In her book, The Right to Write,
Julia Cameron has a chapter called, “Valuing Our Experience.” She begins the chapter by saying, “We do not see our size.” Ms. Cameron goes on to express what I might blush to say, "We are far larger, far more marvellous, far more deeply and consistently creative than we recognize or know.” To that we might say, “But that’s not the way I was raised or what the Bible teaches. . .
I have, however, studied and practiced The Artist’s Way: A Spiritual Path to Higher Creativity by Julia and I know where she’s going with this. We are children of God the Creator and we have that divine spark of creativity within us. “Creativity is God’s gift to us. Using our creativity is our gift back to God.” This is #6 of her Basic Principles for The Artist’s Way (p.3)
I have mentioned my doing Morning Pages a la Julia Cameron in previous blogs.
Today I'll review some of my qualifications for writing--perhaps more to convince myself than you that I have life experience helpful for writing. In doing so, I may convince you to self-evaluate as well.
I’ve Been Every Age
I’ve been through every age and stage of life from newborn to toddler to teenager, to young adult, middle-ager and senior. I’m in the decade that makes me a septuagenarian, but I am still a fairly healthy and independent person.
|Hank and I Playing Cards with Some of the Kida|
I’ve Lived, Not Just Played, Many Roles
From daughter, to granddaughter, sister, friend, spouse, mom, mother-in-law, cousin, niece, aunt, grandparent, school teacher, caregiver, employee, student, and probably several roles that don’t come to mind--I’ve been or still am most of these.
I’ve Worked in a Variety of Jobs (volunteer and paid)
From babysitter to secretary, waitress to writer, Sunday school teacher, youth and camp counsellor, musician at church, leading in writing groups, editing informally, writing school material for distance education. . .
I Have Experience. . .
In teaching, writing (with clips and a few awards), parenting, marriage, grandparenting, friendships, caregiving, travel, gardening, hiking, biking, playing a few sports, skipping double Dutch, singing, playing a piano (without virtuosity), cooking, baking, canning, camping, horseback riding, and zip lining (only once, but what an experience zipping over jungle canopy in Costa Rica!) These are the activities that quickly came to mind. I have also dated, fallen in love and adopted children. I have read many of the classic novels in English and I struggled through a few in French some years ago.
I Have Written and had published. . .
Essays, articles, creative non-fiction, poetry, flash fiction, memoir, and stories of faith, and stories in anthologies.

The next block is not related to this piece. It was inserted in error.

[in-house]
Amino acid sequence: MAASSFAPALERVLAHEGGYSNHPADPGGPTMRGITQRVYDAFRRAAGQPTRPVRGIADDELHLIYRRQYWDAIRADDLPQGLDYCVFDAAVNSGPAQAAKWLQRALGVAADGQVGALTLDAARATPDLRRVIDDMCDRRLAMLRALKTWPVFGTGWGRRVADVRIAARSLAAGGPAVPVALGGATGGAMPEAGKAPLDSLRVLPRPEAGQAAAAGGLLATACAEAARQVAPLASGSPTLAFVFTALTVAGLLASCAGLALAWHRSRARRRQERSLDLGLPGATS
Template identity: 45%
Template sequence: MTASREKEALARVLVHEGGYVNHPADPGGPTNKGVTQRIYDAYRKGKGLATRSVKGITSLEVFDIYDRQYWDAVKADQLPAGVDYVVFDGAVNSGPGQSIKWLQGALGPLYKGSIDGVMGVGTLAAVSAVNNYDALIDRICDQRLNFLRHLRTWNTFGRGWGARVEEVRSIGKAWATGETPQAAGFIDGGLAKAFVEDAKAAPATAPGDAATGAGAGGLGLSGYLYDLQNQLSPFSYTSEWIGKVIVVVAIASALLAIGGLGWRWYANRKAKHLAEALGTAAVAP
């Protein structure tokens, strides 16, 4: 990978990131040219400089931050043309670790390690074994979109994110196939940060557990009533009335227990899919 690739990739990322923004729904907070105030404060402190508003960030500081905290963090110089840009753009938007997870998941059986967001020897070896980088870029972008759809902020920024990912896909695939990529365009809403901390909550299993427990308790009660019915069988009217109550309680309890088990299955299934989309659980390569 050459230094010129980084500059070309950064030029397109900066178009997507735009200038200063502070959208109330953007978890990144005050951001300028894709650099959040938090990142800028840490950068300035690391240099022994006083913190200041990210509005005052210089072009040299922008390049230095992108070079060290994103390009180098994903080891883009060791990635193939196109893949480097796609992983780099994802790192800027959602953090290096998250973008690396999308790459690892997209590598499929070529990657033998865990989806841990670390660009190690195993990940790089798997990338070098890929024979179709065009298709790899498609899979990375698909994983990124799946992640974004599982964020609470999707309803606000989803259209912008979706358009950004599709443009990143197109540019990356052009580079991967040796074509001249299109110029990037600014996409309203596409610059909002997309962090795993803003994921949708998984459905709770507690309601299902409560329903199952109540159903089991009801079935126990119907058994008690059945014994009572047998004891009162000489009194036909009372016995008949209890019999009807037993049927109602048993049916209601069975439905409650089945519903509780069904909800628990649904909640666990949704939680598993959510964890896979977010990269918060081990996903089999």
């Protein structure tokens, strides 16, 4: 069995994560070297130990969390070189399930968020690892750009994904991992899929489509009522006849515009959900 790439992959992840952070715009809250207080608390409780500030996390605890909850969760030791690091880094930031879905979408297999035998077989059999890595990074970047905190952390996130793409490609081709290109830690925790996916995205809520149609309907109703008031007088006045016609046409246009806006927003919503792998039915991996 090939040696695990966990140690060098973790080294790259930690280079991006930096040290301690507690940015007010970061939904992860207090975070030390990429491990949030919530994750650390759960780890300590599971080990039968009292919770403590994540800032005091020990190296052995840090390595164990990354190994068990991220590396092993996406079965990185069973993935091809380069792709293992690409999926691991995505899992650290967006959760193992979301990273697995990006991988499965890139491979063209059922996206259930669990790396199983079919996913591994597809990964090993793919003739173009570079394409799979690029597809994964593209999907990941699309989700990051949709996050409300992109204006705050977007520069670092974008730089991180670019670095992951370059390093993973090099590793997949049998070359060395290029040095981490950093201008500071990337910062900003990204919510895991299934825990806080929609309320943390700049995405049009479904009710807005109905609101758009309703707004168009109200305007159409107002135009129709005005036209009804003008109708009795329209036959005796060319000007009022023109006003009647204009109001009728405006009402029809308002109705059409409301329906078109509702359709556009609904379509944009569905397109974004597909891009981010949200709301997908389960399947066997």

|Stories in a Few Anthologies|
Yes, I Value Experience
But as Julia Cameron says,
“We must be small enough, humble enough, to always be a beginner, an observer.
We must be open to experience, new experience, new sources of knowledge and
insight, while still staying grounded in the fact that what we already know and
have done is also estimable, also important.”
(The Right to Write by Julia Cameron, p. 49)
Discipline or Routine
I know I do better creatively, mind-wise, emotionally and spiritually when, or if, I can write those three hand-written pages--what Cameron calls Morning Pages--first thing in the a.m. She doesn’t think of this as “discipline," which she calls "a thankless word."
Instead it is “a creative routine,” which she says we all would do well to establish: “a rote, do-able, daily something that is there to fall back on.” For you, it may be another time or another way, but I know from valuable past experience this works for me. Now I need to figure out how to get this going as standard procedure even in our present circumstances. I’ll need some help on this.
|Hank, The Norwegian and I|
If I am still called to write, help me write. Help me to manage my time better, to get rid of time-consuming clutter--of stuff, of burdens, of doubts and time wasters. Help me to develop a routine that would give me the space, the time, the comfort and the sense of peace that my writing affords, while not neglecting the ones who need me most. If in the process of writing, I should write something that would bless, comfort, or encourage someone else, help me to get it to them in published form or personal note. Amen.
Praising your name,
The following poem, I had previously written in the second person. I am now rewriting it in the first person, so it hits home. You may like it in first person too.
Filling the Blanks
By Sharon Espeseth
The page is empty.
Only I can fill it.
No one else knows
that pattern of words
that strand of ideas
that bent of emotion
that weave of life’s experience.
My pen, my fingers
feel the rhythm
of my story.